Environmental heat stress modulates thyroid status and its response to repeated endotoxin challenge in steers

S. Kahl, T. H. Elsasser, R. P. Rhoads, R. J. Collier, L. H. Baumgard

Research output: Contribution to journalArticle

19 Scopus citations

Abstract

The objective of this study was to evaluate in cattle, the effects of acute exposure to a heat stress (HS) environment on the status of the pituitary (thyrotropin, TSH)-thyroid (thyroxine, T4)-peripheral tissue T4 deiodination (type 1 5'-deiodinase [D1]; triiodothyronine [T3]; reverse-triiodothyronine [rT3]) axis, and the further response of this pituitary-thyroid-peripheral tissue axis (PTTA) to perturbation caused by the induction of the proinflammatory innate immune state provoked by the administration of gram-negative bacteria endotoxin (lipopolysaccharide [LPS]). Ten steers (318 ± 49kg body weight) housed in controlled environment chambers were subjected to either a thermoneutral (TN: constant 19°C) or HS temperature conditions (cyclical daily temperatures: 32.2°C-40.0°C) for a total period of 9d. To minimize the effects of altered plane of nutrition due to HS, steers in TN were pair-fed to animals in HS conditions. Steers received 2 LPS challenges 3d apart (LPS1 and LPS2; 0.2μg/kg body weight, intravenously, Escherichia coli 055:B5) with the first challenge administered on day 4 relative to the start of the environmental conditioning. Jugular blood samples were collected at 0, 1, 2, 4, 7, and 24h relative to the start of each LPS challenge. Plasma TSH, T4, T3, and rT3 were measured by radioimmunoassay. Liver D1 activity was measured in biopsy samples collected before the LPS1 (0h) and 24h after LPS2. Before the start of LPS1, HS decreased (P < 0.01 vs TN) plasma TSH (40%), T4 (45.4%), and T3 (25.9%), but did not affect rT3 concentrations. In TN steers, the LPS1 challenge decreased (P < 0.01 vs 0h) plasma concentrations of TSH between 1 and 7h and T4 and T3 at 7 and 24h. In HS steers, plasma TSH concentrations were decreased at 2h only (P < 0.05), whereas plasma T3 was decreased at 7 and 24h (P < 0.01). Whereas plasma T4 concentrations were already depressed in HS steers at 0h, LPS1 did not further affect the levels. Plasma rT3 concentrations were increased in all steers at 4, 7, and 24h after LPS1 (P < 0.01). The patterns of concentration change of T4, T3, and rT3 during LPS2 mirrored those observed in LPS1; the responses in plasma TSH were of smaller magnitude than those incurred after LPS1. The LPS challenges reduced (P < 0.01) hepatic activity of D1 in all animals but no differences were observed between steers subjected to TN or HS environment. The data are consistent with the concept that acute exposure of cattle to a HS environment results in the depression of the pituitary and thyroid components of the PTTA, whereas a normal capacity to generate T3 from T4 in the liver is preserved. The data also suggest that LPS challenge further suppresses all components of the PTTA including liver T3 generation, and these PTTA perturbations are more pronounced in steers that encounter a HS exposure.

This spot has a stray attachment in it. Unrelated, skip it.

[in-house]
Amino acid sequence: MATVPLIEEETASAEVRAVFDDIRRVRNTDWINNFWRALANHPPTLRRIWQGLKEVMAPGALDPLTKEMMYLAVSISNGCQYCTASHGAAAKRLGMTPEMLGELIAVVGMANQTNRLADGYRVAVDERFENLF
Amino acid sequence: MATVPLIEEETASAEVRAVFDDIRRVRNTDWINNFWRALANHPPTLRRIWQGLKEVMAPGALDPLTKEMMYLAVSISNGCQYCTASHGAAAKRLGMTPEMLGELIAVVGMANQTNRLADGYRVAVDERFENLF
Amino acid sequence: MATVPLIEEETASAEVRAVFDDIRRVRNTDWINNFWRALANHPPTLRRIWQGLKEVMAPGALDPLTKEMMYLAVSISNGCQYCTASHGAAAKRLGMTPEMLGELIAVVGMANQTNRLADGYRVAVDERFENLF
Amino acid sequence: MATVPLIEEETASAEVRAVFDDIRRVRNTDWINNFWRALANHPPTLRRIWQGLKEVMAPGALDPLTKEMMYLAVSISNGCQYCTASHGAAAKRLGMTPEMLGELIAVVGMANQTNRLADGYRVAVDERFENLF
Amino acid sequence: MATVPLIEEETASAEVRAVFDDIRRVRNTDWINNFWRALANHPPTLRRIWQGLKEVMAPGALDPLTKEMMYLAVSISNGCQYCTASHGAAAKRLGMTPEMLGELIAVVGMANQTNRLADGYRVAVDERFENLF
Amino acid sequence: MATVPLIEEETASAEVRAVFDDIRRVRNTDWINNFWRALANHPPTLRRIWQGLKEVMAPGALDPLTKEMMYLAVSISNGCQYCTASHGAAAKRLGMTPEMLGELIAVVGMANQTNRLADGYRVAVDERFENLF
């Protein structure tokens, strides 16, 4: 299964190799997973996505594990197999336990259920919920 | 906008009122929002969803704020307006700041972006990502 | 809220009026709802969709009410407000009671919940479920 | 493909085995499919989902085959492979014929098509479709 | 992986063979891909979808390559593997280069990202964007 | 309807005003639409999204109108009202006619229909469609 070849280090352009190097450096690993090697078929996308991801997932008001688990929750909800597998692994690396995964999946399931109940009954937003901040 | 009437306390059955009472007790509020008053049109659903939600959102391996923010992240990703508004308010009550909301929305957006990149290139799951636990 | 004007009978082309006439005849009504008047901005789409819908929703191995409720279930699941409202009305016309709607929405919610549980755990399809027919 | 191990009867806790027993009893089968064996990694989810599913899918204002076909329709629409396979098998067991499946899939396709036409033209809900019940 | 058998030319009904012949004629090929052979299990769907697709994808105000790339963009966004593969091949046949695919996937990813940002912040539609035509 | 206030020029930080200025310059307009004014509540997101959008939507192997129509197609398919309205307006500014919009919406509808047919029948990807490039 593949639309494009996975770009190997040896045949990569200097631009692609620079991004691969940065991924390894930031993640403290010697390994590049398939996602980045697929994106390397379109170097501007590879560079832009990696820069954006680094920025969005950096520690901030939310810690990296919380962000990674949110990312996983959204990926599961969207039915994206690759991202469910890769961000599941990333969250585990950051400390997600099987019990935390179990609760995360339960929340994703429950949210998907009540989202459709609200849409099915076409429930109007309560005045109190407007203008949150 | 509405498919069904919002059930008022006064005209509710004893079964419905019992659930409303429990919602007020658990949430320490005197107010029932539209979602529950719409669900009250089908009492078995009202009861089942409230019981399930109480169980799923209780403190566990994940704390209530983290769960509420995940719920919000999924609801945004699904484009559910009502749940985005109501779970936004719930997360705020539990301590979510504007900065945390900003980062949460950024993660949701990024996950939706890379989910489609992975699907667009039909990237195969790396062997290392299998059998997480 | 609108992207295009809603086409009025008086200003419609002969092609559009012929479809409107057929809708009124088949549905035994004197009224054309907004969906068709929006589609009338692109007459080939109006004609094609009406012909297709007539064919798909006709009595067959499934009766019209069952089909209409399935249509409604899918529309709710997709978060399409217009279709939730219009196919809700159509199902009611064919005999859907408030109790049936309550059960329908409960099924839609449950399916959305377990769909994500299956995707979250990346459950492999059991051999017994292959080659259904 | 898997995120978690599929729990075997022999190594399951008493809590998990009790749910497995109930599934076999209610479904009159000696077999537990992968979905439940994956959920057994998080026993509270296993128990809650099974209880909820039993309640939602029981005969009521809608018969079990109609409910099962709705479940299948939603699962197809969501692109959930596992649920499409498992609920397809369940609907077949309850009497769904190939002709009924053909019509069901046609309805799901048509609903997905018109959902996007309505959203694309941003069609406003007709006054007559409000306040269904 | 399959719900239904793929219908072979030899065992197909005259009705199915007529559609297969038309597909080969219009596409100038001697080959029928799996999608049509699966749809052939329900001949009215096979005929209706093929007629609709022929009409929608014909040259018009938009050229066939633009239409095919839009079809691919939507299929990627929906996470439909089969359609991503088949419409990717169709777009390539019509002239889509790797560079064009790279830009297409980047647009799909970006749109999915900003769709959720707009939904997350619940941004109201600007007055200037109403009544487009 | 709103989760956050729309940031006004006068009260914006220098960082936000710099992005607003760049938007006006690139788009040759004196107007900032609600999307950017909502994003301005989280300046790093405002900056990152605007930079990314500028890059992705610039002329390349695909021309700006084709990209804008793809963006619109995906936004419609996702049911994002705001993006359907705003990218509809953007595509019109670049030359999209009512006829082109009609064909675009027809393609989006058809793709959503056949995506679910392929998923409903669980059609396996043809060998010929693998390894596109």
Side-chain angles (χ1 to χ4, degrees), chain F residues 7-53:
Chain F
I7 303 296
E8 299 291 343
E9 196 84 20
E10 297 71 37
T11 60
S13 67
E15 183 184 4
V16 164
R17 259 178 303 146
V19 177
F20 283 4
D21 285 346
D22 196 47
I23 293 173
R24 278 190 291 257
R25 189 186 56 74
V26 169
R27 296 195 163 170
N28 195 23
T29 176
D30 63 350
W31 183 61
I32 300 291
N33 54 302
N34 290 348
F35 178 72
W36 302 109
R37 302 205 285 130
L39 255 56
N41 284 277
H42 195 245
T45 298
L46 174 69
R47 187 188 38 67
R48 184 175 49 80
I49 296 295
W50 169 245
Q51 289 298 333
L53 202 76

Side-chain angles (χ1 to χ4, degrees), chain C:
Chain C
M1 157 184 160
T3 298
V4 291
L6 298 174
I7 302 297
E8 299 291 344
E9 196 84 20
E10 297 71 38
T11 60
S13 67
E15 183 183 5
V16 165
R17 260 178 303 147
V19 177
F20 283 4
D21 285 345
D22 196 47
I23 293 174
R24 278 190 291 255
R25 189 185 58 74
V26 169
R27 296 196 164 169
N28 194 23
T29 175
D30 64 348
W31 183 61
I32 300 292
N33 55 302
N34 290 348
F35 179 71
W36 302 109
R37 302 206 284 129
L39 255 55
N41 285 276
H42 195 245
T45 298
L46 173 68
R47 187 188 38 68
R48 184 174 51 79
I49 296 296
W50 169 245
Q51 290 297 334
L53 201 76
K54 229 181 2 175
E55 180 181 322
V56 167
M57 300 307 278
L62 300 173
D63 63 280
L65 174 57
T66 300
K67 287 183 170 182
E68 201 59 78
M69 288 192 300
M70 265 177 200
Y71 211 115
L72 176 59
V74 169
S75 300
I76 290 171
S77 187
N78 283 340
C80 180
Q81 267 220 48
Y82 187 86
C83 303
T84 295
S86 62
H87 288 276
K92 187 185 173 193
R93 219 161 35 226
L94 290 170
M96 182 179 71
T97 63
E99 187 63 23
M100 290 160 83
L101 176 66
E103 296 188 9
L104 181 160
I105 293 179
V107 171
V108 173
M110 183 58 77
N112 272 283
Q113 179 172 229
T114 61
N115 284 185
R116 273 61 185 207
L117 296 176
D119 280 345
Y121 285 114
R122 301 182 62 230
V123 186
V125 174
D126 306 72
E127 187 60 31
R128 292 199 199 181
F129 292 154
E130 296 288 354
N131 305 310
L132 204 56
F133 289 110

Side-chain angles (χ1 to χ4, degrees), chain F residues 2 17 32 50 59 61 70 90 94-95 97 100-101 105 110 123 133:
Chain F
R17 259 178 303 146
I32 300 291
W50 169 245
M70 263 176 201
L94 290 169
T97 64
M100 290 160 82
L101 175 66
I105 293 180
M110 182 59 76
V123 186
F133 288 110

Original languageEnglish (US)
Pages (from-to)43-50
Number of pages8
JournalDomestic Animal Endocrinology
Volume52
DOIs
StatePublished - Jul 1 2015

Keywords

  • Cattle
  • Deiodinase
  • Endotoxin
  • Heat stress
  • Thyroid hormone
  • Thyrotropin

ASJC Scopus subject areas

  • Food Animals
  • Animal Science and Zoology
  • Endocrinology

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